Imprinted Genes in Hematopoietic Stem Cells and Related Diseases
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Genomic imprinting is a phenomenon of epigenetic modification specific to alleles of paternal or maternal origin, leading to monoallelic expression. Imprinted genes are established in gametes, maintained after fertilization, and erased in early gametes, thus forming a cycle. Loss of imprinting is prone to many diseases, even cancer. In this paper, we will focus on the role of imprinted genes in hematopoietic stem cells, and the research of related diseases or treatments caused by imprinted genes in hematopoietic stem cells. In patients with short overall survival, the CpG site of Meg3-DMR is hypomethylated, resulting in increased expression of Meg3 and DLK1. In addition, FHES can imprint long-term hematopoietic stem cells and monocyte precursor populations, leading to the development of anti-inflammatory Ly6Clow monocytes in response to T-cell-mediated autoimmune diseases. In conclusion, hematopoietic stem cells (HSCs) are ideal target cells for gene therapy, because they are easy to be modified in vitro and can be expressed continuously in circulating peripheral blood cells.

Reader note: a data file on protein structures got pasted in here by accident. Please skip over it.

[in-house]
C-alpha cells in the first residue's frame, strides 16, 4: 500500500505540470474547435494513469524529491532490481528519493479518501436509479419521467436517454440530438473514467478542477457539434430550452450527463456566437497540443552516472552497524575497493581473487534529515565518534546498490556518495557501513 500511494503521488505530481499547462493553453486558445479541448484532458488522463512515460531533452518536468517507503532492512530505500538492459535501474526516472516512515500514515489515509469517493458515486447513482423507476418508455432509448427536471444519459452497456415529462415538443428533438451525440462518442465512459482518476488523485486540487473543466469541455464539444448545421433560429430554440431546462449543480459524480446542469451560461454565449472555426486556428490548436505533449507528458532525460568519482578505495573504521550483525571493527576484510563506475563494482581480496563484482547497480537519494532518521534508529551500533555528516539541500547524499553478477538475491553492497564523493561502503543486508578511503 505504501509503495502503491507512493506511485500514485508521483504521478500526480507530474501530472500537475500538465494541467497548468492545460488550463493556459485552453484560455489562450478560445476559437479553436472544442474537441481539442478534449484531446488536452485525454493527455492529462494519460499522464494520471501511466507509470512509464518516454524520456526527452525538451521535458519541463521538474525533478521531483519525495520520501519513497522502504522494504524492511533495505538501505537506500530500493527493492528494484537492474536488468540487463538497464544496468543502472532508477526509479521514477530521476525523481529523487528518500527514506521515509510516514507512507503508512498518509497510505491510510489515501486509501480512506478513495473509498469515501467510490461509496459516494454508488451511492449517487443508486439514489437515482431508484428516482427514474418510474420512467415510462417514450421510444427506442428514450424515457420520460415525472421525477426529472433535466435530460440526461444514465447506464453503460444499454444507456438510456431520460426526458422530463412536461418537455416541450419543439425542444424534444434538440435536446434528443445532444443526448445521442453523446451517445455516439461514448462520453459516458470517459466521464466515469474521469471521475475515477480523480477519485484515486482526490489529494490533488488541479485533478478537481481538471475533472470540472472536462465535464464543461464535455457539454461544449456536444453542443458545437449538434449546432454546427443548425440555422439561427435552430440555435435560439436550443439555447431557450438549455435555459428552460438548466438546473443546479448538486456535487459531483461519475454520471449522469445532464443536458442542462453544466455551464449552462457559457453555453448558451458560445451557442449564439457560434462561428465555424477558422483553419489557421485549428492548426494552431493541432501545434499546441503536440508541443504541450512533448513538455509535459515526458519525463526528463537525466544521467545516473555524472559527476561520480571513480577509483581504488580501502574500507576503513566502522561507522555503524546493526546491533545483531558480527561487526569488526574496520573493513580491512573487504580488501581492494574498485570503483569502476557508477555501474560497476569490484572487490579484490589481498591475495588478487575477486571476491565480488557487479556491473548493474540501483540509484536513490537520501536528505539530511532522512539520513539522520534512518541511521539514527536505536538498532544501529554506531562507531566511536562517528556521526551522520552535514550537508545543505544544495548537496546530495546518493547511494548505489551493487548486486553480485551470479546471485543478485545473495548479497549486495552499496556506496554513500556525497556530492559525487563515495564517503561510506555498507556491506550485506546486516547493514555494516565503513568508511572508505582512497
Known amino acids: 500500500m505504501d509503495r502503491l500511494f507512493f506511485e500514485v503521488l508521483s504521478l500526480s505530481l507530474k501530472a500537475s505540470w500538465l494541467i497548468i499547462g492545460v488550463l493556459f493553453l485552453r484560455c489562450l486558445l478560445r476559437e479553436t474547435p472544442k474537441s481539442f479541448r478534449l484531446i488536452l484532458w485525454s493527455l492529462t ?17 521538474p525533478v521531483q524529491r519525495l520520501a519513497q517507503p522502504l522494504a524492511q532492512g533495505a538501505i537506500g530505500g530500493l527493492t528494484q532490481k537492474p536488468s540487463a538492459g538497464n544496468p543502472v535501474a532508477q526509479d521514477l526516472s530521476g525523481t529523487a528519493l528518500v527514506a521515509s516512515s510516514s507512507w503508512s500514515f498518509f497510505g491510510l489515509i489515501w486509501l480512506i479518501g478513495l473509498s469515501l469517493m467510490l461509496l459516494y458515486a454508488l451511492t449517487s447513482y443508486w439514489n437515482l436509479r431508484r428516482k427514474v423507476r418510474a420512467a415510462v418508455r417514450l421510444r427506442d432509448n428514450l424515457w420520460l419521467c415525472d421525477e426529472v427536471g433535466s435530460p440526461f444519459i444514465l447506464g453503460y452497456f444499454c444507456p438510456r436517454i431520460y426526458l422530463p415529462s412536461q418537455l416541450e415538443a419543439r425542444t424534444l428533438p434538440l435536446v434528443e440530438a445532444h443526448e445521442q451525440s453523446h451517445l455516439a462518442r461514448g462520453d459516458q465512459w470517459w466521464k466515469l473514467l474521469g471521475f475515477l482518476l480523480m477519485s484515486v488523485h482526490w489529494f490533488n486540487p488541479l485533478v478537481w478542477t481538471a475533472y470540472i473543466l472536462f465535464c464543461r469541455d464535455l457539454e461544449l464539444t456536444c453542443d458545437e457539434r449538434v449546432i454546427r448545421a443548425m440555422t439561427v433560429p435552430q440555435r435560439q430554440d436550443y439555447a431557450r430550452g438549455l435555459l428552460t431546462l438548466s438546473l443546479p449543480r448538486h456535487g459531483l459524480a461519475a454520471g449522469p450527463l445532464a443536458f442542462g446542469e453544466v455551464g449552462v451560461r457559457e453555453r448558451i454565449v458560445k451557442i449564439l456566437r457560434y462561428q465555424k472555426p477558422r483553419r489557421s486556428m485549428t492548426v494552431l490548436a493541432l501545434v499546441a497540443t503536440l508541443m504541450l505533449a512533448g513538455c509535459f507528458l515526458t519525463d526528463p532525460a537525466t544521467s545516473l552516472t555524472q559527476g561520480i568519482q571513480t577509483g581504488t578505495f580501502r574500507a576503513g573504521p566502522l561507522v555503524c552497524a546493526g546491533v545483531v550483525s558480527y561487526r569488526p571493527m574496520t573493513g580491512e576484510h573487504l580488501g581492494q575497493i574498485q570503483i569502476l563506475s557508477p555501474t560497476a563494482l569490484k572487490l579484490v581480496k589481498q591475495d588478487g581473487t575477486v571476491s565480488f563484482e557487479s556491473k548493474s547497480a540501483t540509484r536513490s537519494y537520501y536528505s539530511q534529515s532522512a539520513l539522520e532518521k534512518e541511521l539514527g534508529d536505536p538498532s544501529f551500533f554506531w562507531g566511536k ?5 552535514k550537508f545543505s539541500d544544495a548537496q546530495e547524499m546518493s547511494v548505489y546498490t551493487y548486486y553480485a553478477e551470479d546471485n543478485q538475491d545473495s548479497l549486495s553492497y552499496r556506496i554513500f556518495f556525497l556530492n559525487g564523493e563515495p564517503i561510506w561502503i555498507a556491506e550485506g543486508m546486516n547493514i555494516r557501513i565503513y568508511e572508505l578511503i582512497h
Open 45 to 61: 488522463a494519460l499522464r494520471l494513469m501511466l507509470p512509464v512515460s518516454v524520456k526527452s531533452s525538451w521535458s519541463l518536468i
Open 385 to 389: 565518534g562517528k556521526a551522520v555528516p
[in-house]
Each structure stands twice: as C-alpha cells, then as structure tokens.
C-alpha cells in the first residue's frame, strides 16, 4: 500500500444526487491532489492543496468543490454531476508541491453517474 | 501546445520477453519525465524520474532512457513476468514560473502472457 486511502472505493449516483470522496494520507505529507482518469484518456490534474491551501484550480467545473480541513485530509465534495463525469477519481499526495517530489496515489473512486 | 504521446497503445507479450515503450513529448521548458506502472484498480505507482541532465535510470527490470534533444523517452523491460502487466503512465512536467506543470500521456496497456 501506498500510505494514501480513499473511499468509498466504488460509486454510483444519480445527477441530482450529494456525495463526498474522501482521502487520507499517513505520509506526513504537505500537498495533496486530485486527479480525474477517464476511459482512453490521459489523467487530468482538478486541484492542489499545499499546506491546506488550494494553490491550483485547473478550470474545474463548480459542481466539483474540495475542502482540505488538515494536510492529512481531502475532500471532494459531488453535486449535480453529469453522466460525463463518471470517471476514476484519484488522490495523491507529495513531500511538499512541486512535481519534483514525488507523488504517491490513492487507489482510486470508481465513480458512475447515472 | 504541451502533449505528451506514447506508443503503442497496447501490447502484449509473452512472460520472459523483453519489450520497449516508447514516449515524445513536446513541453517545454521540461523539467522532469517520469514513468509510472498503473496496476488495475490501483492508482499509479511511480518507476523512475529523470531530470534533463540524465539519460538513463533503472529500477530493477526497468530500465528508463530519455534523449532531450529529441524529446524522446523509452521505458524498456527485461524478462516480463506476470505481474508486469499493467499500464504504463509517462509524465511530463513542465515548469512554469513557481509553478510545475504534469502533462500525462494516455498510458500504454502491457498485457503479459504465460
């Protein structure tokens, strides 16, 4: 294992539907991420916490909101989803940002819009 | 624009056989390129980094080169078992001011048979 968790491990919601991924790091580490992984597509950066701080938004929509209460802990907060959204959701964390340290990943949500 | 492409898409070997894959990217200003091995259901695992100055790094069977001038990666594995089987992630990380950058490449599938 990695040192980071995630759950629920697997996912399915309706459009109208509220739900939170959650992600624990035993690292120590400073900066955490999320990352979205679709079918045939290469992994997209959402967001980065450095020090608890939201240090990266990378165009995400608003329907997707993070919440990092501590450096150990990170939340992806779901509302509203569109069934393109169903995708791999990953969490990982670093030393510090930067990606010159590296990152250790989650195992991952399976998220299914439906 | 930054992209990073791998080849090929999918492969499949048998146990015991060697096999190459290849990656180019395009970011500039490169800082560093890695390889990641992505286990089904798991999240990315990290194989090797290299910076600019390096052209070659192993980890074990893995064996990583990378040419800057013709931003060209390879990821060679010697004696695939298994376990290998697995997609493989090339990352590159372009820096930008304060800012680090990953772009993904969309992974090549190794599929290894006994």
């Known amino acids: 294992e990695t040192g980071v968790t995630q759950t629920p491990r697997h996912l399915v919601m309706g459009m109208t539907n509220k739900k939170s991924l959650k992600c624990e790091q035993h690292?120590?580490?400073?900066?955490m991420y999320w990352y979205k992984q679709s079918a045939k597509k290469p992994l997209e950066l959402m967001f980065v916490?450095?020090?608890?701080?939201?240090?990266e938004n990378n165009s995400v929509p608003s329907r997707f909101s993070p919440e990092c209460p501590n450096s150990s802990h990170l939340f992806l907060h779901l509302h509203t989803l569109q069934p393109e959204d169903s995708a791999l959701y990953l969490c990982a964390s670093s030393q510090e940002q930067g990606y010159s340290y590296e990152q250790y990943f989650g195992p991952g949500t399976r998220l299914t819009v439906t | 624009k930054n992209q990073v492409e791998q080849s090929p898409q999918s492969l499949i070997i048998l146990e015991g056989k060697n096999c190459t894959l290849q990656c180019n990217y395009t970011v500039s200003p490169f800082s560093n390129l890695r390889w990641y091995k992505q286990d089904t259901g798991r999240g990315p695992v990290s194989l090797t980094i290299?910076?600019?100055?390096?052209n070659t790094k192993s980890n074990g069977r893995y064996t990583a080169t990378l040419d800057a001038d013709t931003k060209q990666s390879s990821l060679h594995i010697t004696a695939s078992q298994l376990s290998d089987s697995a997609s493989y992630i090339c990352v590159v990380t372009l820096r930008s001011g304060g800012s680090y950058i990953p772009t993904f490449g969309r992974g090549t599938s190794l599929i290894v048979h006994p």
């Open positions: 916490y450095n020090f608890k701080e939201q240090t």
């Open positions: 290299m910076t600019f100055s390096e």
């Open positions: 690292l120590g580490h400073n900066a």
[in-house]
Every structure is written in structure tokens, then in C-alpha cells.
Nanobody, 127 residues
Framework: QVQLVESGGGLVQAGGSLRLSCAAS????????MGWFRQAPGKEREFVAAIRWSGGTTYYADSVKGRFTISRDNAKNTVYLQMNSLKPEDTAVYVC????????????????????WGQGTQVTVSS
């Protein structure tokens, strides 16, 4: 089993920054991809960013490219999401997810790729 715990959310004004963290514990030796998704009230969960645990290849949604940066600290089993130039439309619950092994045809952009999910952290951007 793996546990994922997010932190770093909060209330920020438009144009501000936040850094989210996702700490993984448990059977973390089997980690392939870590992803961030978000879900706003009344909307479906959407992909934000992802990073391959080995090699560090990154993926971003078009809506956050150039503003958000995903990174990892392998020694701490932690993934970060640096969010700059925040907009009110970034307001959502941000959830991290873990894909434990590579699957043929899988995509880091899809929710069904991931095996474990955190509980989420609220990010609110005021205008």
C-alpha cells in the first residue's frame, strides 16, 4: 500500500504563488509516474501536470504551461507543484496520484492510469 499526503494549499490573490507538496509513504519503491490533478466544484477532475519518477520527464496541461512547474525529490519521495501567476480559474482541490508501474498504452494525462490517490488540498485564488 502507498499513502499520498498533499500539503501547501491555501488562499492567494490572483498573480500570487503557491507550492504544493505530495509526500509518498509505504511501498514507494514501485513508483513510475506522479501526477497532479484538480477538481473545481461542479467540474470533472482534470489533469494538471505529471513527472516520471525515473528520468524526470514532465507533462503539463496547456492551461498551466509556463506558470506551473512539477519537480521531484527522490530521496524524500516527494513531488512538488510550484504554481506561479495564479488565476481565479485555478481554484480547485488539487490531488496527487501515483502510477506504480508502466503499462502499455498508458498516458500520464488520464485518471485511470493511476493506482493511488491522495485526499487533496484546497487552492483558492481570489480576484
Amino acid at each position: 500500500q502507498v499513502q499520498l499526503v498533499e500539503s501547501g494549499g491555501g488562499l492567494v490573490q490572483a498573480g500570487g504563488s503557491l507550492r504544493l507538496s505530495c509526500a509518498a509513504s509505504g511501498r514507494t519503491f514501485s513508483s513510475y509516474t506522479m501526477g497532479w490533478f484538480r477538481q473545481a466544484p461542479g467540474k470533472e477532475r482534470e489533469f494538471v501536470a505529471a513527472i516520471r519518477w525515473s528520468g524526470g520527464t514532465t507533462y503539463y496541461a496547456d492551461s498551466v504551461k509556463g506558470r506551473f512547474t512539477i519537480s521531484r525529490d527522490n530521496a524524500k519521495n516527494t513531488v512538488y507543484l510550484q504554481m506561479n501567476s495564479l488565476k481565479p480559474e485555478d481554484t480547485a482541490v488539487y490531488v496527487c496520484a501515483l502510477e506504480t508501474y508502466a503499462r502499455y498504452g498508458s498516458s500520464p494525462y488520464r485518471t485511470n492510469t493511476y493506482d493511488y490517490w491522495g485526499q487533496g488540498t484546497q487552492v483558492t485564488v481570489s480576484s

Genomic imprinting, hematopoietic stem cells, deases, therapy